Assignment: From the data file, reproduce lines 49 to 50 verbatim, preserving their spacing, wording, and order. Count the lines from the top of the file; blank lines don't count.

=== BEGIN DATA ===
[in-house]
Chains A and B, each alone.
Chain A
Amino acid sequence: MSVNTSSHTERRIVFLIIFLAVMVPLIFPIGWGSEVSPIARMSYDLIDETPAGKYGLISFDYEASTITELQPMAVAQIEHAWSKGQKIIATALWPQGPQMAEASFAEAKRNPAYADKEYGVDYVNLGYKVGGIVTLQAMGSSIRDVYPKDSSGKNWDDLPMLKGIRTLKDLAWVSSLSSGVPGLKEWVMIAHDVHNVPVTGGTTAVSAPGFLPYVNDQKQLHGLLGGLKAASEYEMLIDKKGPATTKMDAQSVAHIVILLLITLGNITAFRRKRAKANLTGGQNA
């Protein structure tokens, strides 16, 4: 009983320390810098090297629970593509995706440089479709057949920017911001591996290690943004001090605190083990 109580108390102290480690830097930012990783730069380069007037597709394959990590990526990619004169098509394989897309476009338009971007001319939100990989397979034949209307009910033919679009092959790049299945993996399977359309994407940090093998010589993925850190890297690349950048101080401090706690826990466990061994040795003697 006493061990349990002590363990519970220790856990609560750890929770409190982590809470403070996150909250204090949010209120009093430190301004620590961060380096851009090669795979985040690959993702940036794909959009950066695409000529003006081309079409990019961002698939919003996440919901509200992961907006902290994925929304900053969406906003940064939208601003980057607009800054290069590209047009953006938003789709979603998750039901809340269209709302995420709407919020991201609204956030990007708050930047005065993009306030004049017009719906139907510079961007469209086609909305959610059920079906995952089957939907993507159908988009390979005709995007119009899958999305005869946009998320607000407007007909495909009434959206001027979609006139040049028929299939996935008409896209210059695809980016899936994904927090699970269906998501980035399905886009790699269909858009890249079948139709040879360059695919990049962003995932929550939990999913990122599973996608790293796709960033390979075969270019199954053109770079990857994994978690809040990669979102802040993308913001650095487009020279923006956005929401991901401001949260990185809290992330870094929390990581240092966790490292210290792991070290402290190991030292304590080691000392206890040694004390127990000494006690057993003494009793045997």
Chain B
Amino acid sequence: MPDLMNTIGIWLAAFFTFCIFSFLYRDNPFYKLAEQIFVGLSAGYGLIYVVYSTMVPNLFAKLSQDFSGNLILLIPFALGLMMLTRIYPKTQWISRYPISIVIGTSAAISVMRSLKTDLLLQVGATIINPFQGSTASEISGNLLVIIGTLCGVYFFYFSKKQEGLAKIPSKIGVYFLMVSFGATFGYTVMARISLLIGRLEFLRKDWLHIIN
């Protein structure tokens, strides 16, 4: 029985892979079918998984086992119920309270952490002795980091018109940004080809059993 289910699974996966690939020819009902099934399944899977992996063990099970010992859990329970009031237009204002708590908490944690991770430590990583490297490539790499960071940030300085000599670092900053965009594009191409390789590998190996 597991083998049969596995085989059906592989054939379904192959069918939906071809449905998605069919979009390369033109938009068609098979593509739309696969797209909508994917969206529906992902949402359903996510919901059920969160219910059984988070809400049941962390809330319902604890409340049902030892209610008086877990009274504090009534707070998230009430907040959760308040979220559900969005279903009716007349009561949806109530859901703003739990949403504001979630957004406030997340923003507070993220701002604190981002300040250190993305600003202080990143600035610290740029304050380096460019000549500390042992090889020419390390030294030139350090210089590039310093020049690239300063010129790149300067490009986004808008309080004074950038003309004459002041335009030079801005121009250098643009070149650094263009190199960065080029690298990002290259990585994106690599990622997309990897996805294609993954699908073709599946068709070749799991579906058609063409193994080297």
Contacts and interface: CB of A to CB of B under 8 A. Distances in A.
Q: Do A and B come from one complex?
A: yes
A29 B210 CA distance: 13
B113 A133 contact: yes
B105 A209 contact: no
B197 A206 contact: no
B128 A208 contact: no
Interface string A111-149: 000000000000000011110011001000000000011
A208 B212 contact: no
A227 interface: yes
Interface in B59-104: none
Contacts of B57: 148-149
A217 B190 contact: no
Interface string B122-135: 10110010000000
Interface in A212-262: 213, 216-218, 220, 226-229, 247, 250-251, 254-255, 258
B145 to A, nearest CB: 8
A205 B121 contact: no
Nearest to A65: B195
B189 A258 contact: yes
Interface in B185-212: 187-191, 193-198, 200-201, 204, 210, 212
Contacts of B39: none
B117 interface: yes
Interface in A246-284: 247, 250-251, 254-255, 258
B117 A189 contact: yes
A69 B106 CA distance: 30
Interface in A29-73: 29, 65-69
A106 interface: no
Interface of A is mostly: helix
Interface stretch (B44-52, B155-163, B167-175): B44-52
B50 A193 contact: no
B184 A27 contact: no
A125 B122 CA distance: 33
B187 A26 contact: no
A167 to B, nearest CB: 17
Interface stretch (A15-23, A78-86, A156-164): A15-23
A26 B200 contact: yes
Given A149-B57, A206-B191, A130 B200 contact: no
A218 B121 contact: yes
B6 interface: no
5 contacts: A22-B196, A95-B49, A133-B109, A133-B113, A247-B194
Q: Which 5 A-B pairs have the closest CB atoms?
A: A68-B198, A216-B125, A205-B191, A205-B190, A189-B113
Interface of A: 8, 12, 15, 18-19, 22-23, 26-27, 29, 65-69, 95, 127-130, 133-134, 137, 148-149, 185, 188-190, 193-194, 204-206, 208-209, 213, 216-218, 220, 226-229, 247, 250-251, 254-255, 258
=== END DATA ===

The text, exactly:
5 contacts: A22-B196, A95-B49, A133-B109, A133-B113, A247-B194
Q: Which 5 A-B pairs have the closest CB atoms?